US commerce chief meets unions for pulse of PH labor | Global News

US commerce chief meets unions for pulse of PH labor

By: - Reporter / @JeromeAningINQ
/ 05:35 AM March 16, 2024



Five of the country’s biggest labor organizations met early this week with US Secretary of Commerce Gina Raimondo during her two-day trade mission together with almost two dozen American companies exploring business opportunities in the Philippines.

The Trade Union Congress of the Philippines (TUCP), Sentro ng Nagkakaisa at Progresibong Manggagawa (Sentro), Federation of Free Workers (FFW), Public Services Labor Independent Confederation (PSLink) and BPO Industry Employees Network (Bien) said they had a “meaningful candid meeting” with the visiting US official, where they discussed issues concerning workers’ rights and the need for labor reforms in the Philippines.


Reforms lauded

On Monday, Raimondo met with President Marcos at Malacañang, where she said the 22 companies who joined the first-ever US Presidential Trade and Investment Mission to the Philippines would be committing investments in the country worth more than $1 billion (about P56 million).


In a statement on Tuesday, the US Department of Commerce said Raimondo “commended the Philippine government for recent legal and regulatory reforms undertaken to open key sectors, such as renewable energy, railways, airports, expressways, and telecommunications to 100-percent foreign ownership.”

Foreign business groups in the country have weighed in on the ongoing discussions in Congress to amend the Constitution’s provisions limiting foreign ownership in key economic sectors.

Unfair labor practices

The department also said Raimondo met on Tuesday with “several representatives of Philippines labor organizations to hear their views on labor rights issues.”

Such issues are a significant consideration for investors looking into the Philippines, as often stressed by business groups. “The Secretary emphasized the importance that the [Biden administration] places on advancing labor rights and raising labor standards globally to support more sustainable and inclusive economies,” the US commerce department said.

In a joint statement on Thursday, the labor groups who met with Raimondo said she was “very concerned” about the local labor situation, particularly regarding workers’ rights, and asked for a list of US companies in the Philippines that are accused of unfair labor practices.

Will raise the issues

“She committed to raising these issues affecting Filipino workers and unionists, ranging from Red-tagging to extrajudicial killings, to the relevant American companies,” said the labor groups led by House Deputy Speaker and TUCP president Raymond Mendoza.


“These [violations] include the imperative to end the rampant violation of freedom of association [by] American brands and locators in the Philippines wherein a union-averse company can transfer their production and orders anytime and anywhere to bust unions, sending a chilling effect to labor organizing now and in the future,” they said.

Besides Mendoza and TUCP vice president Louis Corral, the other labor leaders in the meeting were Sentro secretary general Joshua Mata, FFW president Sonny Matula, Bien president Mylene Cabalona and PSLink president Annie Geron.

Also present were Khalid Hassan, country director of the International Labor Organization (ILO); US Ambassador MaryKay Carlson; and US regional attaché Mario Fernandez.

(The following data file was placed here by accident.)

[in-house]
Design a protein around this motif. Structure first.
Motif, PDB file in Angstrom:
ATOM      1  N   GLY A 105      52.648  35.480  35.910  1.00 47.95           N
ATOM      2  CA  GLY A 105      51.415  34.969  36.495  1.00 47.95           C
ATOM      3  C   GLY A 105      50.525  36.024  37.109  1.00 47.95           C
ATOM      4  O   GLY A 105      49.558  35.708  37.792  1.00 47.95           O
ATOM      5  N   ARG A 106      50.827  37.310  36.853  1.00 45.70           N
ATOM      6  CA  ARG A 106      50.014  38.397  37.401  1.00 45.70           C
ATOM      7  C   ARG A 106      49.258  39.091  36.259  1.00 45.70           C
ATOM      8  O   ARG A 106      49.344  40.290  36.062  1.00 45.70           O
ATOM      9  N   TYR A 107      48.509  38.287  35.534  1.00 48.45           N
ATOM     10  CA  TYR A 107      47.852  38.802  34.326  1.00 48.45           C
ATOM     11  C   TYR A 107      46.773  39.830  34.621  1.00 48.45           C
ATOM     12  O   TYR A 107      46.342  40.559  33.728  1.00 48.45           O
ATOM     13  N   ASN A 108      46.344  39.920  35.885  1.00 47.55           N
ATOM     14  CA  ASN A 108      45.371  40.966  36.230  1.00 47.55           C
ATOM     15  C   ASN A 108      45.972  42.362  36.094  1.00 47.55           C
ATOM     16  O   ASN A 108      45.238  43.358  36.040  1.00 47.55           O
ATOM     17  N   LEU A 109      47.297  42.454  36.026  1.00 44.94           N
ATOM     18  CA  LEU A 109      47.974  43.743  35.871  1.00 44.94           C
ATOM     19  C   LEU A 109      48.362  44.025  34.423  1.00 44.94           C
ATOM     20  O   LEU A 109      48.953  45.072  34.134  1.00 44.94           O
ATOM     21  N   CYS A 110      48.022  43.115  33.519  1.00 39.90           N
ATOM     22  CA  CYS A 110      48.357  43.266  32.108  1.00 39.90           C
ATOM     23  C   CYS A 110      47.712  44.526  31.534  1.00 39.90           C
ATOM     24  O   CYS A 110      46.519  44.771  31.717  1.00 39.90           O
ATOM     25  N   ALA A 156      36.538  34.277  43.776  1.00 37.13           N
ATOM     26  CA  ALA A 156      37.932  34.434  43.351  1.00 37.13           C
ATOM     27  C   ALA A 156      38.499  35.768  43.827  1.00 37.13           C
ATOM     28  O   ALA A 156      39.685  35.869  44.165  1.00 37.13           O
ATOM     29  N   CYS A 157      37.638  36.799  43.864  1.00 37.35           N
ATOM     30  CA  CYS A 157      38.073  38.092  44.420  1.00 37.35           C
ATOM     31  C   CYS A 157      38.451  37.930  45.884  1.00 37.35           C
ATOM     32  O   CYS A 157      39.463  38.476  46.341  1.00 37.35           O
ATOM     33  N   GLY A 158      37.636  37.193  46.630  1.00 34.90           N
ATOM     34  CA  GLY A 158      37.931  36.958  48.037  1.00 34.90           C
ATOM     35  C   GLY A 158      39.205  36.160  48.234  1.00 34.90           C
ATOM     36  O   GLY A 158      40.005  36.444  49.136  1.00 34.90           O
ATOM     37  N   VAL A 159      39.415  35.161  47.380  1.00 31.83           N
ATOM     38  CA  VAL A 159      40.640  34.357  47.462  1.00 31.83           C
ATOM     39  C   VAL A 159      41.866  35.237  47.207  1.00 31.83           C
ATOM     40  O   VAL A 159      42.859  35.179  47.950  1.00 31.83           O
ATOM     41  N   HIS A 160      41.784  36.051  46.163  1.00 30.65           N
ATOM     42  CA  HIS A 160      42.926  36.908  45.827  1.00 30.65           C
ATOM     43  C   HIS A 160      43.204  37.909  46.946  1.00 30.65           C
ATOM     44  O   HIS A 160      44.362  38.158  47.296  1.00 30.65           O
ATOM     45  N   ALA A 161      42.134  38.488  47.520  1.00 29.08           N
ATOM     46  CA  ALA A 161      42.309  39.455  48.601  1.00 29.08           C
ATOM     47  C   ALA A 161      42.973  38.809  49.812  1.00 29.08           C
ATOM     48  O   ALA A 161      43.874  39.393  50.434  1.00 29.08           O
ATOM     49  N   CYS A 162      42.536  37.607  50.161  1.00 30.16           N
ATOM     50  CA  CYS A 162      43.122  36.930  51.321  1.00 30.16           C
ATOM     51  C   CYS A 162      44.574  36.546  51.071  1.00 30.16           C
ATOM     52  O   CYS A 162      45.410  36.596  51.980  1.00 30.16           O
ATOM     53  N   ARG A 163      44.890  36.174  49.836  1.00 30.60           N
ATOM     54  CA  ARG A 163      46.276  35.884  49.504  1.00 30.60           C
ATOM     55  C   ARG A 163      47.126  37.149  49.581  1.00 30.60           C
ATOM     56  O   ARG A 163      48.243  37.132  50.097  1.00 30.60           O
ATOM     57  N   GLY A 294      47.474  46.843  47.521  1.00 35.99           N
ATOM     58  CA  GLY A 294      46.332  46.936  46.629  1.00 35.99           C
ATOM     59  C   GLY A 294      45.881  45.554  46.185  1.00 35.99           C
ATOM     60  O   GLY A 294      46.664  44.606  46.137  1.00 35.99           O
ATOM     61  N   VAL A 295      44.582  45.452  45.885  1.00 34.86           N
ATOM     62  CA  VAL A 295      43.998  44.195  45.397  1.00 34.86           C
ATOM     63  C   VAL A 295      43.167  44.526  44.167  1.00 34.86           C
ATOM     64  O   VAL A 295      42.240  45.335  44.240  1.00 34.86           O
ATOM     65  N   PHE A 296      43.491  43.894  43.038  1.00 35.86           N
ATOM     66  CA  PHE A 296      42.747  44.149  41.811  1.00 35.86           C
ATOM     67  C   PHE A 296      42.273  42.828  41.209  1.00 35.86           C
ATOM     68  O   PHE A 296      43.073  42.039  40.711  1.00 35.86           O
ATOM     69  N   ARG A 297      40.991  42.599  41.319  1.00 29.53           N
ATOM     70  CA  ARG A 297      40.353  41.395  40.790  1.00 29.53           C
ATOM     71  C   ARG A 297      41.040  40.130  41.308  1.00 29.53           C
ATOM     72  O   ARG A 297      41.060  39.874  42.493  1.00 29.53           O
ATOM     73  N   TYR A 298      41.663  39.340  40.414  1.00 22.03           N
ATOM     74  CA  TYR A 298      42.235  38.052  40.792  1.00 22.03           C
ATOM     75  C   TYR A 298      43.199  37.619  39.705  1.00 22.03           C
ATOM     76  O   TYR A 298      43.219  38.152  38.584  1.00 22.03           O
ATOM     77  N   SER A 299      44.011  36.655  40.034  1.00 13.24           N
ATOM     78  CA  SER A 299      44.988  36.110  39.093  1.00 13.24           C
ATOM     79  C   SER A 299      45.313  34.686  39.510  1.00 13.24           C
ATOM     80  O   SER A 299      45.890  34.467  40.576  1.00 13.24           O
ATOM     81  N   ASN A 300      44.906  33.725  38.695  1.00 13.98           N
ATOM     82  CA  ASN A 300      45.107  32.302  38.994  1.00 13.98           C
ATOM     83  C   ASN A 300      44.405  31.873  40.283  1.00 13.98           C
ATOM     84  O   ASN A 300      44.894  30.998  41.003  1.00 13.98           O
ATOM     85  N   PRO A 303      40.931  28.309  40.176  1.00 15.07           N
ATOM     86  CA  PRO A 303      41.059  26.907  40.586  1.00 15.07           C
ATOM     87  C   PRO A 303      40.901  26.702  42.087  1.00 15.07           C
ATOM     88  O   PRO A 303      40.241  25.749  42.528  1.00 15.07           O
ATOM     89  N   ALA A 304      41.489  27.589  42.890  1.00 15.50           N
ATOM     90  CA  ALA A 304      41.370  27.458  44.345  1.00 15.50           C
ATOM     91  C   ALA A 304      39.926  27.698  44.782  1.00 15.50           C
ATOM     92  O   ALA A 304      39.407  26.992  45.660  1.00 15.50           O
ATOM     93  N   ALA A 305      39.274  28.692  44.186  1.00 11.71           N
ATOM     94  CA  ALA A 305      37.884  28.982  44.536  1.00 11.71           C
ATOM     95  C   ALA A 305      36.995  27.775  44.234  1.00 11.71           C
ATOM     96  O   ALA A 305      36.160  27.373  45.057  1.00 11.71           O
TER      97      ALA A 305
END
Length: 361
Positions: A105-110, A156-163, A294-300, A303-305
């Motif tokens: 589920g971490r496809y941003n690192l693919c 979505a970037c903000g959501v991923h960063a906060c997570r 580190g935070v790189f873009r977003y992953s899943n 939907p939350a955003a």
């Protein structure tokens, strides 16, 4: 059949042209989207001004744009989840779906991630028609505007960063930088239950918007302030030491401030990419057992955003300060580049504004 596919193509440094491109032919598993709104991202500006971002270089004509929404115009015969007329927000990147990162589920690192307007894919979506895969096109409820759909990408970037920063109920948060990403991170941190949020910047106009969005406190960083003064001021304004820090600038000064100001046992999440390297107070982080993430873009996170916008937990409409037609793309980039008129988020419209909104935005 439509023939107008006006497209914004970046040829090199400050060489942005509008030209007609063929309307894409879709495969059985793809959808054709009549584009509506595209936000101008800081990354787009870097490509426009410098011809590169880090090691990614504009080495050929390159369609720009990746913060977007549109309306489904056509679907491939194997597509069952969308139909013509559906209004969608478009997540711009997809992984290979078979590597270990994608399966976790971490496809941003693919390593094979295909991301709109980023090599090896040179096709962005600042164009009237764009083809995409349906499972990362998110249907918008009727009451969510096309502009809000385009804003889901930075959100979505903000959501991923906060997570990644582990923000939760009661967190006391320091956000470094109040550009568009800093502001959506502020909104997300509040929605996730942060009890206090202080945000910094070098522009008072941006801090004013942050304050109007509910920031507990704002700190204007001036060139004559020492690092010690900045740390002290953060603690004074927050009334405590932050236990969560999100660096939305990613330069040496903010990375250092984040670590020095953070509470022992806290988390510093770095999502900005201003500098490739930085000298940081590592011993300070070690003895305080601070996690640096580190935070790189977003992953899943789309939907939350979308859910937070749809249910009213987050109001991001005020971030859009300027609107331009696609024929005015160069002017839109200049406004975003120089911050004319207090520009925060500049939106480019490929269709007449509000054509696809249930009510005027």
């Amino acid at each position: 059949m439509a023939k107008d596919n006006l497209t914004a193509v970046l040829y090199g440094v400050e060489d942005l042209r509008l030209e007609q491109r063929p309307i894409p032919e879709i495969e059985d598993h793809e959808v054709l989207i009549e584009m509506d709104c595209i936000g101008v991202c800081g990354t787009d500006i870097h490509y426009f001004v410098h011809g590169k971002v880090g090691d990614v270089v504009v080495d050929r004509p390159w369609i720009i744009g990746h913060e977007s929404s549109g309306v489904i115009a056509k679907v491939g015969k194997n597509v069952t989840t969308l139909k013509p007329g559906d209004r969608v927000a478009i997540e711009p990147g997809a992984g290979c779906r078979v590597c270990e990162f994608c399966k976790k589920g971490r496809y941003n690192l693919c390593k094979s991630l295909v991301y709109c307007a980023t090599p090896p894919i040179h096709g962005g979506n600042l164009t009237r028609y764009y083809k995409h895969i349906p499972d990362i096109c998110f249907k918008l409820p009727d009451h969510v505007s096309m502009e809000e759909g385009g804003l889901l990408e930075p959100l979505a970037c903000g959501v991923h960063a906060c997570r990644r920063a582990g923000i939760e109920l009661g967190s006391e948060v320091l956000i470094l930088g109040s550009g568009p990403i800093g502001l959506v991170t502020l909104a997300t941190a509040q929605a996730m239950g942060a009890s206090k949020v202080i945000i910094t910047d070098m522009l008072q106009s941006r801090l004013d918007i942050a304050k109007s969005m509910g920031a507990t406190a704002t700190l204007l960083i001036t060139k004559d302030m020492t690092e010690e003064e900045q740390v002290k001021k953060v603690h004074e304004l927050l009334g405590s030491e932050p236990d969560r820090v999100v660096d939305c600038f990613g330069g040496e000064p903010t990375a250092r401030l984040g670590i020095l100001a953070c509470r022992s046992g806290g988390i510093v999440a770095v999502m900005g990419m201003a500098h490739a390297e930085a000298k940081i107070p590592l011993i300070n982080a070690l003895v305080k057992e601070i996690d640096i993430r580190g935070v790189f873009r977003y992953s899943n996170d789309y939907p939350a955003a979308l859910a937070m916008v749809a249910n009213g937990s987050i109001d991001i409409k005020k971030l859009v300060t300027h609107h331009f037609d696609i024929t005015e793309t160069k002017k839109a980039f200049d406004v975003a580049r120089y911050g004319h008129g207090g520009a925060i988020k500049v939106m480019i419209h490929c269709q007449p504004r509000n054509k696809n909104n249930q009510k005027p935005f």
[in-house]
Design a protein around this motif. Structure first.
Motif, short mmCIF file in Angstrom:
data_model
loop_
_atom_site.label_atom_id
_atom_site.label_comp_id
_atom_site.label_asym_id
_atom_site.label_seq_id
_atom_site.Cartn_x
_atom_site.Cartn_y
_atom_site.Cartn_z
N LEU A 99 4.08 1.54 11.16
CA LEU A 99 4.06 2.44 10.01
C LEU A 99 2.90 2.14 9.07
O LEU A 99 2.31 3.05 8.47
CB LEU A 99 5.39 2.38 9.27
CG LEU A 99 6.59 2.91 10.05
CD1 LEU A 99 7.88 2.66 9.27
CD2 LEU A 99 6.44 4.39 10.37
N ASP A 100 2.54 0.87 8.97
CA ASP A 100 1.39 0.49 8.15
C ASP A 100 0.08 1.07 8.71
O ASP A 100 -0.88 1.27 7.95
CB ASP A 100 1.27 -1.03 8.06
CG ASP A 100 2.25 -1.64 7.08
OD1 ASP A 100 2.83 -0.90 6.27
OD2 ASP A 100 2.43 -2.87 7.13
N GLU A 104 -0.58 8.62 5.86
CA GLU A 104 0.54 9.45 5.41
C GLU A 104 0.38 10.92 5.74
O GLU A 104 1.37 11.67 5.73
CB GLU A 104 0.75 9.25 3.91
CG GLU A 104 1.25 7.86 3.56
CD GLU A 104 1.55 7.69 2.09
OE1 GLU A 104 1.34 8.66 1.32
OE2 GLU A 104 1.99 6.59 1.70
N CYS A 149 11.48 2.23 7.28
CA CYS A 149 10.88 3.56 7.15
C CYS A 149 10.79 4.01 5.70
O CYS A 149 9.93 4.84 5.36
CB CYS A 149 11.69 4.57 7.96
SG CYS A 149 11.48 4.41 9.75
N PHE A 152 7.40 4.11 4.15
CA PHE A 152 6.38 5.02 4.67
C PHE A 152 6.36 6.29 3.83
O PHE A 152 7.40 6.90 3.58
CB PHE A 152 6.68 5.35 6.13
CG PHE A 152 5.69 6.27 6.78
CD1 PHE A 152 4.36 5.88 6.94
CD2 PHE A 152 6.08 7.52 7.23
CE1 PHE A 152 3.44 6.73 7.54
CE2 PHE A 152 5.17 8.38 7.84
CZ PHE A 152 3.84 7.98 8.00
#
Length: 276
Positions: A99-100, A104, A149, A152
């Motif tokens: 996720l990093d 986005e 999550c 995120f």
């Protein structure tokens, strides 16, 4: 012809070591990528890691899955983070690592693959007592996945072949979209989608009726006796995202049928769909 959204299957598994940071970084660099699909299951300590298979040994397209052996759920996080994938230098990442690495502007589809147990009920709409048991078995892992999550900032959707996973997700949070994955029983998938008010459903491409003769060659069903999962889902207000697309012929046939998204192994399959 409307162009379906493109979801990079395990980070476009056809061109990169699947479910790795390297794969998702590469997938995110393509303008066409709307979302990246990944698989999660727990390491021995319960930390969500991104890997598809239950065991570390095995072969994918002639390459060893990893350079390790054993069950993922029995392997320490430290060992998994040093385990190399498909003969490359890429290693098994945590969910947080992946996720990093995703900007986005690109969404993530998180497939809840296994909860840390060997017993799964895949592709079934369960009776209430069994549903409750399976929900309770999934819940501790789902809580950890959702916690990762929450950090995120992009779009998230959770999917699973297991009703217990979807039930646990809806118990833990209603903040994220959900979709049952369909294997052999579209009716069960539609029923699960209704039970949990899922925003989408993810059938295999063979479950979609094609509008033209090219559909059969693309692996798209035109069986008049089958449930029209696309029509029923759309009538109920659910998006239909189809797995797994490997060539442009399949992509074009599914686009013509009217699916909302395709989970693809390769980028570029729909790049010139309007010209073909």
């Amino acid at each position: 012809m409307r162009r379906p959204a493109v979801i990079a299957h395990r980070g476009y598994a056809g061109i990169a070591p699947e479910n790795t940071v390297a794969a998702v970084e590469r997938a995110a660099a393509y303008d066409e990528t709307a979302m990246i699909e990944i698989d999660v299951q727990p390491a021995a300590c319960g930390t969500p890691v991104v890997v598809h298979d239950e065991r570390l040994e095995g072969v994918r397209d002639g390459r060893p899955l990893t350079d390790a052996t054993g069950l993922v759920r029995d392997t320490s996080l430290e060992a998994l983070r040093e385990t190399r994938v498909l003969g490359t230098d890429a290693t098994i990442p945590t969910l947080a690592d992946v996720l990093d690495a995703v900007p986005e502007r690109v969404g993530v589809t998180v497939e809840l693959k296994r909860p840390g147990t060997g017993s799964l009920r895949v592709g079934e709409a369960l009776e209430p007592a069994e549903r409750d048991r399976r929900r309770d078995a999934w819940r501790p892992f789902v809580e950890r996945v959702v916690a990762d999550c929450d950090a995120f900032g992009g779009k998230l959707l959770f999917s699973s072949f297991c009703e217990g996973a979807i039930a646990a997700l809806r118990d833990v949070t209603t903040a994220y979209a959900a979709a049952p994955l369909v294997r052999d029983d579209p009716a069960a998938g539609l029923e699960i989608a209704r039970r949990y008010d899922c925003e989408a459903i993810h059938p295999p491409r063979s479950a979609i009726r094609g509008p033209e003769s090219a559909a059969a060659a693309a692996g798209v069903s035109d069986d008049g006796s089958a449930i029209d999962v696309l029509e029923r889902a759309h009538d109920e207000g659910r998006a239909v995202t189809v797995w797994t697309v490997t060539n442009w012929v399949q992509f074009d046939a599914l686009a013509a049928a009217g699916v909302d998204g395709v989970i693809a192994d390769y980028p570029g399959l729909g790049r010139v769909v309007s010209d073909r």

Raimondo underscored Biden’s commitment “to place workers front and center by promoting trade unionism and advancing worker-centered trade policies,” they said.

READ: US consumer spending slows; labor market steadily easing

Biden issued a memorandum in November 2023 saying his administration will pursue a whole-of-government approach in advancing workers’ rights and labor standards globally.

Raimondo also raised at the meeting the Indo-Pacific Economic Framework (Ipef)—a program aimed at promoting labor rights which Washington launched in May 2022 with 13 partner-countries, including the Philippines.

ILO findings

The labor leaders also cited the findings of an ILO mission in the Philippines in January 2023, which reported several incidents of freedom of association being violated, as well as the Red-tagging and killing of trade unionists.

They recalled to Raimondo the US President’s remarks in a previous State of the Union Address, where he said “The middle class built this country! And unions built the middle class!”

“It is in this same spirit that the Philippine labor movement calls on the US government to hold the Philippines to account [with regards to] all recommendations [by] the ILO and addressing all violations of workers’ fundamental labor rights to freedom of association, as a condition for access to the US General System of Preferences (GSP) and Ipef,” the labor leaders said.

They were referring to the US trade program that excludes developing countries from duties on their products.

Priority legislation

Still on the ILO’s recommendations, the labor leaders expressed support for priority legislation that would further protect freedom of association and its certification by the President as an urgent measure.

They also called for the issuance of an executive order covering economic zones and an increase in the budget of the Commission on Human Rights for its investigation into practices that violate freedom of association. INQ

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In a joint statement on Thursday, the labor groups who met with Raimondo said she was ‘very concerned’ about the country’s labor situation, particularly concerning workers’ rights, and asked them for a list of US companies in the Philippines that allegedly commit unfair labor practices

TAGS: Commerce, Labor, US

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